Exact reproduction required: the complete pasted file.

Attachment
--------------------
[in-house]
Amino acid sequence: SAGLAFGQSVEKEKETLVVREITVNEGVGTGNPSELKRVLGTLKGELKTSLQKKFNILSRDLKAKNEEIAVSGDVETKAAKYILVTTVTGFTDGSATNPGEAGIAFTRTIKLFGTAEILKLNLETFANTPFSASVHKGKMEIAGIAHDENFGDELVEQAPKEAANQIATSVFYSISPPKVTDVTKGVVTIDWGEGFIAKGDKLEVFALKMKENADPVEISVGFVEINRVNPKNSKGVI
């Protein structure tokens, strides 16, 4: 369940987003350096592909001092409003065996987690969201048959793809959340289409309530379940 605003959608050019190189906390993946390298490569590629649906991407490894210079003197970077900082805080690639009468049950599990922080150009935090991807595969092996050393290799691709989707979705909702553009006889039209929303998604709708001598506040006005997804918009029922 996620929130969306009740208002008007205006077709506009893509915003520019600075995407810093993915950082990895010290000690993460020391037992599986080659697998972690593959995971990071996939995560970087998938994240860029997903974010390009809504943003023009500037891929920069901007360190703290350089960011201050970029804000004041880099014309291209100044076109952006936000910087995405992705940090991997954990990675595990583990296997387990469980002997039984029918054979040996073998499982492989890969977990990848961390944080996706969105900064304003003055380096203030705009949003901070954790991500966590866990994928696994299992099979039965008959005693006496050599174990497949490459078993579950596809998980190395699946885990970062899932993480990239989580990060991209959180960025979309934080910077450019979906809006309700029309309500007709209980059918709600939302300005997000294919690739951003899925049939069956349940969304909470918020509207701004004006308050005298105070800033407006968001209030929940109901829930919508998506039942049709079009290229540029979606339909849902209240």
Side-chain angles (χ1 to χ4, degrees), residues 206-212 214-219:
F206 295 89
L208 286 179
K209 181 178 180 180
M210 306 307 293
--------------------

[in-house]
Amino acid sequence: SAGLAFGQSVEKEKETLVVREITVNEGVGTGNPSELKRVLGTLKGELKTSLQKKFNILSRDLKAKNEEIAVSGDVETKAAKYILVTTVTGFTDGSATNPGEAGIAFTRTIKLFGTAEILKLNLETFANTPFSASVHKGKMEIAGIAHDENFGDELVEQAPKEAANQIATSVFYSISPPKVTDVTKGVVTIDWGEGFIAKGDKLEVFALKMKENADPVEISVGFVEINRVNPKNSKGVI
């Protein structure tokens, strides 16, 4: 369940987003350096592909001092409003065996987690969201048959793809959340289409309530379940 605003959608050019190189906390993946390298490569590629649906991407490894210079003197970077900082805080690639009468049950599990922080150009935090991807595969092996050393290799691709989707979705909702553009006889039209929303998604709708001598506040006005997804918009029922 996620929130969306009740208002008007205006077709506009893509915003520019600075995407810093993915950082990895010290000690993460020391037992599986080659697998972690593959995971990071996939995560970087998938994240860029997903974010390009809504943003023009500037891929920069901007360190703290350089960011201050970029804000004041880099014309291209100044076109952006936000910087995405992705940090991997954990990675595990583990296997387990469980002997039984029918054979040996073998499982492989890969977990990848961390944080996706969105900064304003003055380096203030705009949003901070954790991500966590866990994928696994299992099979039965008959005693006496050599174990497949490459078993579950596809998980190395699946885990970062899932993480990239989580990060991209959180960025979309934080910077450019979906809006309700029309309500007709209980059918709600939302300005997000294919690739951003899925049939069956349940969304909470918020509207701004004006308050005298105070800033407006968001209030929940109901829930919508998506039942049709079009290229540029979606339909849902209240």
Side-chain angles (χ1 to χ4, degrees), residues 206-212 214-219:
F206 295 89
L208 286 179
K209 181 178 180 180
M210 306 307 293